Thomson, James “Diego” (1788–1854). Innovative Scottish pioneer missionary to Latin America. Born in Scotland, Thomson was one of the first Protestant missionaries to Latin America, arriving in Argentina in 1818 as an agent of the British and Foreign Bible Society.
He also represented the Lancastrian Educational Society, which promoted schools in which older students helped teach the younger ones and the Bible was the primary textbook. The liberal political climate in the newly independent South American countries and discreditation of conservative Catholic clergy from Spain opened the door for amazing success.
Thomson established some one hundred Lancastrian schools in Buenos Aires alone and was made an honorary citizen of Argentina and of Chile, where he was invited by the government in 1821.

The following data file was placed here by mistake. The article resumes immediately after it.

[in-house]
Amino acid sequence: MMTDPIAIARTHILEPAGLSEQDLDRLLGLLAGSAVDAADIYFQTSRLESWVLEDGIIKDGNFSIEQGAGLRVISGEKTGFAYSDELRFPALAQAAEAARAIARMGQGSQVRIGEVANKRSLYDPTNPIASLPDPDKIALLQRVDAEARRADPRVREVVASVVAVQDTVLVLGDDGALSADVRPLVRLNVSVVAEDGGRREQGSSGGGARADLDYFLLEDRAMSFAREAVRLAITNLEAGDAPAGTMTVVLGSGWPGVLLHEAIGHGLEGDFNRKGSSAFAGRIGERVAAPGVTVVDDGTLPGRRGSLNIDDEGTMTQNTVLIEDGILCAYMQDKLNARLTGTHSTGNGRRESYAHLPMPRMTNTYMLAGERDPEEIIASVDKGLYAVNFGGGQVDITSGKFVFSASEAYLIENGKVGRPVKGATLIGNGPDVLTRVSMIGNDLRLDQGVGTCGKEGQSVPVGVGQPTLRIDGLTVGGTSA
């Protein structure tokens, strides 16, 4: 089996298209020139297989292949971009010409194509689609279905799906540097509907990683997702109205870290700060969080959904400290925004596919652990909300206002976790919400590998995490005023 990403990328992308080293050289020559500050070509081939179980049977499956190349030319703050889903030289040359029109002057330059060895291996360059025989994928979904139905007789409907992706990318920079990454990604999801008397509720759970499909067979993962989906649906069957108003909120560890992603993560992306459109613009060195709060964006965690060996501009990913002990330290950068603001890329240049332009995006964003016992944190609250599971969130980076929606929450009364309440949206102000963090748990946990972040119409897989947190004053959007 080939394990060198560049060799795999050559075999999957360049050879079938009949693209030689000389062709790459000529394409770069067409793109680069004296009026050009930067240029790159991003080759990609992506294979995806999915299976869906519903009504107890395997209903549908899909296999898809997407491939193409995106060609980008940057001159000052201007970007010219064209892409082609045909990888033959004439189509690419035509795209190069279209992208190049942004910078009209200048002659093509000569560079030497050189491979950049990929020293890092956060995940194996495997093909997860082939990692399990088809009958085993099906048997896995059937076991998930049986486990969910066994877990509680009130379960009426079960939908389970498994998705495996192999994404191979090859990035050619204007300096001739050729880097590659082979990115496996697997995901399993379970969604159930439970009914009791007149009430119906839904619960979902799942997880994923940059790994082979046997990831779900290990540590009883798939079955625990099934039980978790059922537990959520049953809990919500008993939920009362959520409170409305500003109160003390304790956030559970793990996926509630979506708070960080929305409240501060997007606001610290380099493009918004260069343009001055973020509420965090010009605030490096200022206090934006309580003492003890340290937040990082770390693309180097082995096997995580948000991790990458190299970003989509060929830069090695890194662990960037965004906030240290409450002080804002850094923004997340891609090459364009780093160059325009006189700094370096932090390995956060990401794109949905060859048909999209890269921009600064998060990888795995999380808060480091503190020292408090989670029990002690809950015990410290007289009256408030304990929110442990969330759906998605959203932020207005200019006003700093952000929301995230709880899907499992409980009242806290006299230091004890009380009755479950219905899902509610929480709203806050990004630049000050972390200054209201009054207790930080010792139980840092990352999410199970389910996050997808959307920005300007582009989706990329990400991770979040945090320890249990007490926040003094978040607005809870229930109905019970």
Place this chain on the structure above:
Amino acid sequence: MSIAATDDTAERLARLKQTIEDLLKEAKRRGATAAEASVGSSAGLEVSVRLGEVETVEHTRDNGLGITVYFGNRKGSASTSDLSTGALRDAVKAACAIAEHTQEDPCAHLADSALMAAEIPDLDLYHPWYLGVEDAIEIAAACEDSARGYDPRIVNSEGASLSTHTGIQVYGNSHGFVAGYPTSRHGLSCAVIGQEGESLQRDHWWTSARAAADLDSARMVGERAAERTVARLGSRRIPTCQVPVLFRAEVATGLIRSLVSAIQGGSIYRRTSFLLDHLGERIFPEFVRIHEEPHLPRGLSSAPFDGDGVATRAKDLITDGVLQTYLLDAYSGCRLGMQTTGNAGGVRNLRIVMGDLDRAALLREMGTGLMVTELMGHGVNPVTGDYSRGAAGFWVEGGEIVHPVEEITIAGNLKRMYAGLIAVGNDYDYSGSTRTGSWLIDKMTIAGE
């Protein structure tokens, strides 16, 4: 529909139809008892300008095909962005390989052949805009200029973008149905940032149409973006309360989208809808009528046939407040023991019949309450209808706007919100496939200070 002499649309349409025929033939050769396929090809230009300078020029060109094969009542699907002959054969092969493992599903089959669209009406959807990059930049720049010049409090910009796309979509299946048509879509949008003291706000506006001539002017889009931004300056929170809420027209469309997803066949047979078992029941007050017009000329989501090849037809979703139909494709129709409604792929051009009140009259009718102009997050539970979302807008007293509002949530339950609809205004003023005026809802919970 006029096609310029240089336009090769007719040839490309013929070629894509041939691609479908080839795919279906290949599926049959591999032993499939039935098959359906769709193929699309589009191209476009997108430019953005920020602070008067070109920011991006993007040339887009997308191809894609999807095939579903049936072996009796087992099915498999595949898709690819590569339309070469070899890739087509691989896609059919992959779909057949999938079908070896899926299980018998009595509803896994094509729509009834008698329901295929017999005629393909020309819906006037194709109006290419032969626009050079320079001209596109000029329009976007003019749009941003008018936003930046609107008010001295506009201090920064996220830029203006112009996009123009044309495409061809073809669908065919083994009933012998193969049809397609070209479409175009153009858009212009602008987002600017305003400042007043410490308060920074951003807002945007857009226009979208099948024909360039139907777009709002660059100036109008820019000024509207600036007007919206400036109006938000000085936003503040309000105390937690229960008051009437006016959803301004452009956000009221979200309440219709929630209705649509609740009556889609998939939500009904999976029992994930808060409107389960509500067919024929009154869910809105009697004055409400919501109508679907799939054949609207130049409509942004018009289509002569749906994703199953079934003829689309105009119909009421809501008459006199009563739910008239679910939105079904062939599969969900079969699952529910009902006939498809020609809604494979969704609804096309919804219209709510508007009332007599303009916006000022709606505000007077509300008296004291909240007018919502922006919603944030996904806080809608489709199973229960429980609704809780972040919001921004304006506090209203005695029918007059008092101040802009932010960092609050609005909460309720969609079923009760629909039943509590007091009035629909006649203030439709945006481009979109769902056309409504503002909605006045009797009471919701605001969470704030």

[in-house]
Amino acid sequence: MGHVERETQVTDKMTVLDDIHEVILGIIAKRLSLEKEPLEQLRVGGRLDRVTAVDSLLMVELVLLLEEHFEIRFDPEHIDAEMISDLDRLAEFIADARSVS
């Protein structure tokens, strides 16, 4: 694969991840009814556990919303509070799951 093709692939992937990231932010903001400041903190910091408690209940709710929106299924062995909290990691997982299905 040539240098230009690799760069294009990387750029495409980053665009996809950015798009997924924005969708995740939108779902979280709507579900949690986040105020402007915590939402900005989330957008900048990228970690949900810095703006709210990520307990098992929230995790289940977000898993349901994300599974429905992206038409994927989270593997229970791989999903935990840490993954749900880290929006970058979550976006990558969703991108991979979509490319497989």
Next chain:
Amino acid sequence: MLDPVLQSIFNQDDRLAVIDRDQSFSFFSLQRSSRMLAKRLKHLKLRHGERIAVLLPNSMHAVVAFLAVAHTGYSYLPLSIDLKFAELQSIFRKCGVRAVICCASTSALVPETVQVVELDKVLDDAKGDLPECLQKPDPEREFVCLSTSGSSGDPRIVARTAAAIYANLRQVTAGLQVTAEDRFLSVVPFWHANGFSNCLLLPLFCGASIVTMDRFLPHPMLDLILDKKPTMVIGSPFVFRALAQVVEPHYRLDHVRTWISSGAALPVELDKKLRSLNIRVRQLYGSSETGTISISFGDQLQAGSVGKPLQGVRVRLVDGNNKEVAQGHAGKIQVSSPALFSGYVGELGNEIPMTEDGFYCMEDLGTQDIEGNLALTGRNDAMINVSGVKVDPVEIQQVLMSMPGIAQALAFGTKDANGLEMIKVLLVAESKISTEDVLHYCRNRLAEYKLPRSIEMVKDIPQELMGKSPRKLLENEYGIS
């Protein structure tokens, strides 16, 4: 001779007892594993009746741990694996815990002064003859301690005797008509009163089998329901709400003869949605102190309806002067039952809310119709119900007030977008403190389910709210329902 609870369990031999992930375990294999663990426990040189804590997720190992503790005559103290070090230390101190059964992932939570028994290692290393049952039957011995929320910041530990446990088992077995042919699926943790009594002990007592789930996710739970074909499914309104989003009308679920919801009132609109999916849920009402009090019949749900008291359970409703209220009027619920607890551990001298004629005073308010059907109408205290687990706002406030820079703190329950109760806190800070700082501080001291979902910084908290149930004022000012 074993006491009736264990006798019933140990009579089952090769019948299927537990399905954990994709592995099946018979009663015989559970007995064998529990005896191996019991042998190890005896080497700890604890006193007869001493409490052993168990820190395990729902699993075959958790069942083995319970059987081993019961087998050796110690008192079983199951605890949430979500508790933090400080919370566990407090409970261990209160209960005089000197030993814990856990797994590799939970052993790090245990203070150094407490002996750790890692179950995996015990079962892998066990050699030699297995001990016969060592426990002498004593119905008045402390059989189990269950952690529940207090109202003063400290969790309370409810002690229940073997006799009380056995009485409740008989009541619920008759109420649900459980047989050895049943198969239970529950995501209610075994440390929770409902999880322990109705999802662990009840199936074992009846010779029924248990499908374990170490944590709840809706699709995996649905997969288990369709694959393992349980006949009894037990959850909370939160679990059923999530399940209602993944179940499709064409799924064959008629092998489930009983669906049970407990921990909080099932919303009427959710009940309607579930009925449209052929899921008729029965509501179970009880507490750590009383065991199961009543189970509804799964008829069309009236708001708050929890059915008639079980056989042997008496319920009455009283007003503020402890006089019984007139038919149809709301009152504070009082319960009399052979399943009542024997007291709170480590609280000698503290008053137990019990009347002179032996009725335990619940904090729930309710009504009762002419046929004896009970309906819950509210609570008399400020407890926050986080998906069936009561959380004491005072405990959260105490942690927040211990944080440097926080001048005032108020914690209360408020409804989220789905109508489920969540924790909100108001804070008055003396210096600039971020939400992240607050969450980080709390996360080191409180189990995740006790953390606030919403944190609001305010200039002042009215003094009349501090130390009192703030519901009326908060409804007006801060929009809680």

In 1822 he went to Peru at the request of the Liberator, San Martin, and then to Ecuador, distributing Bibles everywhere. In Colombia he founded a national Bible Society whose directors included ten Catholic clergy. Sadly, a conservative political reaction and Vatican pressure undid most of Thomson’s work in South America, although seeds remained. In 1827 Thomson was sent by the Bible Society to Mexico, and later worked in the Caribbean. After another attempt in Mexico in 1842, he spent the rest of his ministry in the evangelization of Spain.
A. Scott Moreau, Harold Netland, and Charles van Engen, Evangelical Dictionary of World Missions, Baker Reference Library (Grand Rapids, MI; Carlisle, Cumbria, UK: Baker Books; A. Scott Moreau, 2000), 959–960.